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Work Experience for the NHS – Meet Xavier!

Posted on: 11th Feb 2021

Year 12 student Xavier recently fulfilled his work experience for the NHS. We caught up with him to find out about his experience.

“My work experience placement went very well, and it actually opened my eyes on the many different paths in medicine. I learnt a lot about different types of doctors that I did not know even existed. I also learnt about the BMAT and UCAT exams from it and how to respond to an interview question well. As a whole, it was an amazing work experience.

Due to the pandemic, work experience took the form of online zoom calls with a variety of doctors that came in to tell us about their journey. I learned about Orthopaedic doctors who focus on injuries and diseases of your body's musculoskeletal system. I learnt about the different things they work on (trauma and elective) and I learned the pros and cons of working as an orthopaedic doctor.

I learnt about Paediatric doctors and learned the special term for a baby under 30 days old is neonates. I learned about what you need to be a competent paediatric doctor and that you train for 8 years in total and on your 4/5 year you can apply to a sub-specialisation.

I also learned about Surgical consultants (and the importance of getting a BSc) and how necessary communication skills are to forming a strong connection with your patient in their time of need. Also, I learned how there is a lot of paperwork when you become a surgical consultant and how there is never really a break.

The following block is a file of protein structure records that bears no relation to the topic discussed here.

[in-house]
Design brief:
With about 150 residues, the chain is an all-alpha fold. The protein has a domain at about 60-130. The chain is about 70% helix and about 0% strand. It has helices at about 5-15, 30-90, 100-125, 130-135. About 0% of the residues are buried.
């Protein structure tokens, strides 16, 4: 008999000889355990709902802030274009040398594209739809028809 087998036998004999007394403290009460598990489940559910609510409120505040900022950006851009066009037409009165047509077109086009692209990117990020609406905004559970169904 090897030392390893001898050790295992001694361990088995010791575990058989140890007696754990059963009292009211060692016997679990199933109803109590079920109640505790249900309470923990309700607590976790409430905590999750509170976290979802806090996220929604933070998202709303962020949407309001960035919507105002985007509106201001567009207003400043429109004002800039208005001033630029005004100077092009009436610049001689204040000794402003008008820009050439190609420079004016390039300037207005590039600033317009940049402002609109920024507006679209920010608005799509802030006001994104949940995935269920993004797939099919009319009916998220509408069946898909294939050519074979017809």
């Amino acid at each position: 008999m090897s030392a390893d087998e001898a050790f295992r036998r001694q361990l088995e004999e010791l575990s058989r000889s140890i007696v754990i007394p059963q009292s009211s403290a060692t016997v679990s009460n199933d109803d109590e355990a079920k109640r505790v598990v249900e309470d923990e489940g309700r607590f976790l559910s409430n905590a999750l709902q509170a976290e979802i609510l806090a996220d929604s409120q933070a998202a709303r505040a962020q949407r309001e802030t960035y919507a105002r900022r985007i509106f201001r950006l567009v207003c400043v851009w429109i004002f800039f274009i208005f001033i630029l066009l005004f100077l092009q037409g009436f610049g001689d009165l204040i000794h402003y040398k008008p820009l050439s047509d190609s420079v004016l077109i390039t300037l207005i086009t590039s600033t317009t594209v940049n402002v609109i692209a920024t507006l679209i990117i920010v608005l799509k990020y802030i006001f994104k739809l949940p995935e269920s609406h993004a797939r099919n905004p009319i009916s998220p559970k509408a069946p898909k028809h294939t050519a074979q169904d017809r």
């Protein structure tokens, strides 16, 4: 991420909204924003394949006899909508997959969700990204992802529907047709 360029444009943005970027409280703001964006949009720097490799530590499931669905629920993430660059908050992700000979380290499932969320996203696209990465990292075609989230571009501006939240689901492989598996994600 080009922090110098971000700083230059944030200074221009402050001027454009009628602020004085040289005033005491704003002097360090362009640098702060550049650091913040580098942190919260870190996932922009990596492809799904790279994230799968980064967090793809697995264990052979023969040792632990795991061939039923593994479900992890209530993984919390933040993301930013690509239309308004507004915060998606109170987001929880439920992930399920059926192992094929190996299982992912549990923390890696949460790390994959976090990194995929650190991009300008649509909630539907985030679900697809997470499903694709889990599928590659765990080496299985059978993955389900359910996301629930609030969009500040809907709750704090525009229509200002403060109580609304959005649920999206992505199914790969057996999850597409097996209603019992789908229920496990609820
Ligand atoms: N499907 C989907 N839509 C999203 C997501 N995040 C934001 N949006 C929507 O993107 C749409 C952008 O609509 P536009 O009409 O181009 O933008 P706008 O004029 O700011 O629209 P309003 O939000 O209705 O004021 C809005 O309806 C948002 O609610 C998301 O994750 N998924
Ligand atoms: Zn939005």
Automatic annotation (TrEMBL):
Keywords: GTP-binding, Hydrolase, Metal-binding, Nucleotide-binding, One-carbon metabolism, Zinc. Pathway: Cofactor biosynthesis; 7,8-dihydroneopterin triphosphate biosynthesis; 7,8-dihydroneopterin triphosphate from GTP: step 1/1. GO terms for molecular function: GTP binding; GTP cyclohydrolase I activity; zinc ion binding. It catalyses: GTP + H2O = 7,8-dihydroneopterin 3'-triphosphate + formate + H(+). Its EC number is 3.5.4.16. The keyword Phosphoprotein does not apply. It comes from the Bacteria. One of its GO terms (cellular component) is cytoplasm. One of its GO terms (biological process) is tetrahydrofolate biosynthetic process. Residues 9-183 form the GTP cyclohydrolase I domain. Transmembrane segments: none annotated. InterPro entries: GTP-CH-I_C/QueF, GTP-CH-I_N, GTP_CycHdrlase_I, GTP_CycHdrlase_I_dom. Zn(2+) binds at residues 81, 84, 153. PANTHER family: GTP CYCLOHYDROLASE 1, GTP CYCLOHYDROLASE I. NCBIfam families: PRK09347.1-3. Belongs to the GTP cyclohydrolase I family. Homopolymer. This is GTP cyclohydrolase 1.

Furthermore, we watched a video about life as a nurse/doctor. I noticed how they were all calm and collected when they were in very high-pressure situations. In this video they were trying to save a 2-year-old boy who had fallen unconscious and had stopped breathing. They tried to save him for an hour and the head doctor deemed him as unsavable. However, what was interesting is that he made sure to ask all the doctors and nurses if they had differing opinions before he made the call. The doctors on the zoom call expanded on this and told us the most important qualities as a doctor are: 

  • Having empathy
  • Curiosity (Makes medicine easier)
  • Teamwork
  • Good manners
  • Understanding that the patient is not as well read on the subject as you.
  • How imperative it is to practise communication skills.

Finally, I learned about the importance of warning shots. Warning shots (non-verbally and verbally) are good ways to set the mood for the patient. The language you use is important. Don't use a lot of jargon and speak clearly and calmly. Understand that the patient might be shocked so you should take that into effect and allow them to take it in and continue later.

 

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